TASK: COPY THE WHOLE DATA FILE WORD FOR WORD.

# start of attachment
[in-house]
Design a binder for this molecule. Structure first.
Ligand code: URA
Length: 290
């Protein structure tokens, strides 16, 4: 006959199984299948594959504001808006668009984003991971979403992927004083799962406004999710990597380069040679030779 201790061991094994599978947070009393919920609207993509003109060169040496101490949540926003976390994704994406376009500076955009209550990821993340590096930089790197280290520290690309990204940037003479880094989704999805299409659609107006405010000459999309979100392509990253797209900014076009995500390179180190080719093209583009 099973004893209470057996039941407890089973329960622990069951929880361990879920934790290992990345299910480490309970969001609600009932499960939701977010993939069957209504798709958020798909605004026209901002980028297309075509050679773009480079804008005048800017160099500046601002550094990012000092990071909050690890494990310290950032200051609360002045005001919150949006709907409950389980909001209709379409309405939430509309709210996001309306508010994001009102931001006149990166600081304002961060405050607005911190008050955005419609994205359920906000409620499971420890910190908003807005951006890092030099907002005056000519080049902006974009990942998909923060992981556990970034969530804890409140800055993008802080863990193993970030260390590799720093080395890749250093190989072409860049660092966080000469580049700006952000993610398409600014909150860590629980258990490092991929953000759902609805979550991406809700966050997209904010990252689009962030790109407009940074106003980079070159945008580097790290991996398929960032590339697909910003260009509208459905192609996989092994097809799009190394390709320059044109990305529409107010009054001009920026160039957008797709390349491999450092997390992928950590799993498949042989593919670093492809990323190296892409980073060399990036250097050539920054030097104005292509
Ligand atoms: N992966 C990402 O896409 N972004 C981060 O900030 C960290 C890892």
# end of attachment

[in-house]
Design a binder for this molecule. Structure first.
Ligand code: URA
Length: 290
């Protein structure tokens, strides 16, 4: 006959199984299948594959504001808006668009984003991971979403992927004083799962406004999710990597380069040679030779 201790061991094994599978947070009393919920609207993509003109060169040496101490949540926003976390994704994406376009500076955009209550990821993340590096930089790197280290520290690309990204940037003479880094989704999805299409659609107006405010000459999309979100392509990253797209900014076009995500390179180190080719093209583009 099973004893209470057996039941407890089973329960622990069951929880361990879920934790290992990345299910480490309970969001609600009932499960939701977010993939069957209504798709958020798909605004026209901002980028297309075509050679773009480079804008005048800017160099500046601002550094990012000092990071909050690890494990310290950032200051609360002045005001919150949006709907409950389980909001209709379409309405939430509309709210996001309306508010994001009102931001006149990166600081304002961060405050607005911190008050955005419609994205359920906000409620499971420890910190908003807005951006890092030099907002005056000519080049902006974009990942998909923060992981556990970034969530804890409140800055993008802080863990193993970030260390590799720093080395890749250093190989072409860049660092966080000469580049700006952000993610398409600014909150860590629980258990490092991929953000759902609805979550991406809700966050997209904010990252689009962030790109407009940074106003980079070159945008580097790290991996398929960032590339697909910003260009509208459905192609996989092994097809799009190394390709320059044109990305529409107010009054001009920026160039957008797709390349491999450092997390992928950590799993498949042989593919670093492809990323190296892409980073060399990036250097050539920054030097104005292509
Ligand atoms: N992966 C990402 O896409 N972004 C981060 O900030 C960290 C890892």